Enter the Dragon, Exit Ideology
As Chinese President Jiang Zemin visits the United States this week for the first major US-China summit in twelve long, tension-fraught years, a host of political pundits, journals, and even Congressmen are escalating the art of China-bashing. But as the Economist points out, the bashing comes not from the left or the right, but from an odd melange of ideological sources driven less by ideology than by appeal to emotion. For instance, the conservative Weekly Standard and American Spectator have unleashed polemical diatribes against China and its policy, as have the center-ish The New Republic and leftist The Nation. Foreign policy pundits A.M. Rosenthal and Anthony Lewis of the New York Times regularly attack China for its anti-Christian policies and human rights policies, respectively.
Congress has joined the game with a vengeance. Leading the charge against China are Republican Senators Connie Mack and Spencer Abraham, and Representative Frank Wolf on one side of the aisle, and Democratic Majority Leader Dick Gephardt on the other. But many of these stances are more for domestic politics than foreign policy. For example, Gephardt is doing his best to draw distinctions between his own policy and the policies of Al Gore, the favorite for the Democratic nomination for President in 2000. And Senate Governmental Affairs Chairman Fred Thompson began his recent inquest into campaign finance by charging that the Chinese government was attempting to buy influence in American politics.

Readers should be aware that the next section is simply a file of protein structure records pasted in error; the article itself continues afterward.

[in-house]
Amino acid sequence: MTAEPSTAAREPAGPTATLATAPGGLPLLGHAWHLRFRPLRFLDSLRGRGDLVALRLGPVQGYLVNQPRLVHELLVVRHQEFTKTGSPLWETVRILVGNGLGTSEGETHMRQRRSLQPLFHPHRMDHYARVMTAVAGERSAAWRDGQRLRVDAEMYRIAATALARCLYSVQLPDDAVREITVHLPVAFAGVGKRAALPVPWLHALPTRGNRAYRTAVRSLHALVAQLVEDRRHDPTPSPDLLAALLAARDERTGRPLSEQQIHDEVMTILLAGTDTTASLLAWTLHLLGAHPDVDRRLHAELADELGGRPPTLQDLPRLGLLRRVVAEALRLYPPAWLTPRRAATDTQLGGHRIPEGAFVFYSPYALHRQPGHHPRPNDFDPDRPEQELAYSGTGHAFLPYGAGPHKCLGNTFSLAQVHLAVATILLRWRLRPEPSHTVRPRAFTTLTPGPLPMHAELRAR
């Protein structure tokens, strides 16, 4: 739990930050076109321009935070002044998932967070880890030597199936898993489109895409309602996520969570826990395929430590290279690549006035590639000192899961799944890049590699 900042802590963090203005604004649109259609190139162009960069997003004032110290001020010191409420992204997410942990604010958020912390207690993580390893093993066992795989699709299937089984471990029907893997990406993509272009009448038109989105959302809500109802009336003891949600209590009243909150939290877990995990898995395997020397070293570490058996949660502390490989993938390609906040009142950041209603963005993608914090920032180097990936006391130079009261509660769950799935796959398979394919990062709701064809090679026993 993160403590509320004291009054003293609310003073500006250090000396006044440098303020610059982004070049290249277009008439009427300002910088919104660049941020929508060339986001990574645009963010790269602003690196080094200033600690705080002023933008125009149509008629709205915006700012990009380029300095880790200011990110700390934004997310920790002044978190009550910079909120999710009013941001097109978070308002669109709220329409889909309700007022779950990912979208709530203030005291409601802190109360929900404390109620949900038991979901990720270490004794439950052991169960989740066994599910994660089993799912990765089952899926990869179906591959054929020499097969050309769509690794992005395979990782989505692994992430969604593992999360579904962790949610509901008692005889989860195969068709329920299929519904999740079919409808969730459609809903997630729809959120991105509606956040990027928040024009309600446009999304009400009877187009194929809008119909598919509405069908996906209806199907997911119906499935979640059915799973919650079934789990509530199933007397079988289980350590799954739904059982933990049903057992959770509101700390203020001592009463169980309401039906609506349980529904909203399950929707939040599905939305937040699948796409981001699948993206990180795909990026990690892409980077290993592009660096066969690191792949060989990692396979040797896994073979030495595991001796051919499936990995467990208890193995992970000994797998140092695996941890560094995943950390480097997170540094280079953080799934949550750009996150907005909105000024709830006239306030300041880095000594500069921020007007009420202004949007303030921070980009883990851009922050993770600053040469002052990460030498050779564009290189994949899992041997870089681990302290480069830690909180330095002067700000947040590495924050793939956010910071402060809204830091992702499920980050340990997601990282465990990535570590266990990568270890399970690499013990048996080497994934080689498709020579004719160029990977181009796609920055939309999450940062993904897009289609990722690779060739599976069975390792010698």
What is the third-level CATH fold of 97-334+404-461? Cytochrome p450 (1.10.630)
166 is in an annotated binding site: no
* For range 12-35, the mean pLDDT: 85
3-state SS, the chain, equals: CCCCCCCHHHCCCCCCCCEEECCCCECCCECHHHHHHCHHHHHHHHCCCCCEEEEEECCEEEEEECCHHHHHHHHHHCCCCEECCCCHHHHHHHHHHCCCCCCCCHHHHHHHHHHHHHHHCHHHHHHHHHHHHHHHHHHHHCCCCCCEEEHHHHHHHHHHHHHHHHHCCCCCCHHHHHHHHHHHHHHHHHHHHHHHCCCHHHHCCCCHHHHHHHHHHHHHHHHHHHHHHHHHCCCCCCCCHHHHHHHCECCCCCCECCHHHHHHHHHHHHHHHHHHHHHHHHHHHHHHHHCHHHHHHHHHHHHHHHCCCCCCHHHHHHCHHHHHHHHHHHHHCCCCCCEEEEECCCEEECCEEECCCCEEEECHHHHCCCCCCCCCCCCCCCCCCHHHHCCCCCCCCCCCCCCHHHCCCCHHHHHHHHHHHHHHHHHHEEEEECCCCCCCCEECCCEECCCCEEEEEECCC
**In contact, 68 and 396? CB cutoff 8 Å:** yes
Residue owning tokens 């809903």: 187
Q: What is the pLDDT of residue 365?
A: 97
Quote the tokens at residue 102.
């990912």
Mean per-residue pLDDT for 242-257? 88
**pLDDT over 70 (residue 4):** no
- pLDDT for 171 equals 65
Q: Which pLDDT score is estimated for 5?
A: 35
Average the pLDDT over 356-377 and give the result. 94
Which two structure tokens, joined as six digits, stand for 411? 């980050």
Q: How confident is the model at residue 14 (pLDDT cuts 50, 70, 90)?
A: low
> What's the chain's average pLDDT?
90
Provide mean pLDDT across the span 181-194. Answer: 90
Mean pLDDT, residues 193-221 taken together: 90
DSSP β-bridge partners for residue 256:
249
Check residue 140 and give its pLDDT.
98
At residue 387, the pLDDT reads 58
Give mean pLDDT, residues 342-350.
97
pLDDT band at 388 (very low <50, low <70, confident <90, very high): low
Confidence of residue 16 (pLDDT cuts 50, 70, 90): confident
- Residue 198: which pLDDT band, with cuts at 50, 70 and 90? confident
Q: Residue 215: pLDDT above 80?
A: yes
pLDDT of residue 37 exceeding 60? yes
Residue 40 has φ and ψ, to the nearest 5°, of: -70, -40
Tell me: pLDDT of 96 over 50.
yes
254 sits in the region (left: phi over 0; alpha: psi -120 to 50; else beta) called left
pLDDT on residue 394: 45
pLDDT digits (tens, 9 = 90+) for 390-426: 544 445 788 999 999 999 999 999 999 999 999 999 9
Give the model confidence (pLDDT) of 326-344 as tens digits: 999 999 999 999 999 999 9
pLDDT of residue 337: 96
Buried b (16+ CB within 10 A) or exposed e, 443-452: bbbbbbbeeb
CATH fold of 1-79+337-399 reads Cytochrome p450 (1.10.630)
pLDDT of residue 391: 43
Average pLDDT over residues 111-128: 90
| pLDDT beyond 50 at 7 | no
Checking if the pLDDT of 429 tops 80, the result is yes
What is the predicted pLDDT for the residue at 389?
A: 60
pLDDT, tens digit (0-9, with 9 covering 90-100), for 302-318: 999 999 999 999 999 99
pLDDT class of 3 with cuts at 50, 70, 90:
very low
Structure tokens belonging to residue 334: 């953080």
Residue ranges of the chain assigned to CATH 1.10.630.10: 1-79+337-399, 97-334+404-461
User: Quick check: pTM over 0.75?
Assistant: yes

These political stances, based less on political pragmatism than ideology, are verging on the ridiculous. Gephardt, an outspoken opponent of Clinton's free trade policies such as NAFTA, is bashing China just as candidate Clinton did in the run-up to his nomination. Americans generally think foreign policy is boring, and inflammatory rhetoric about the evils of the Reds plays better in Peoria than statistics on how many jobs US-China trade creates. Thompson's stance is one-third serious, two-thirds humorous. The serious third is the implication of American officials accepting money in a quid pro quo for policy favors. If it can be proven that any officials did specifically exchange money for favors, those officials should be in very serious trouble. But the first humorous part is the idea that such a quid pro quo could exist, as if a donation of $100,000 from a Chinese-American businessman could influence trade policies worth billions in a particular direction. The second humorous part is the charge itself, that China is trying to influence American policy. The nation that toppled so many Latin American governments that President Ford had to sign an executive order promising not to do it anymore is now objecting to foreign nations trying to buy influence in America? Object away, Mr. Thompson, but hypocrisy abounds.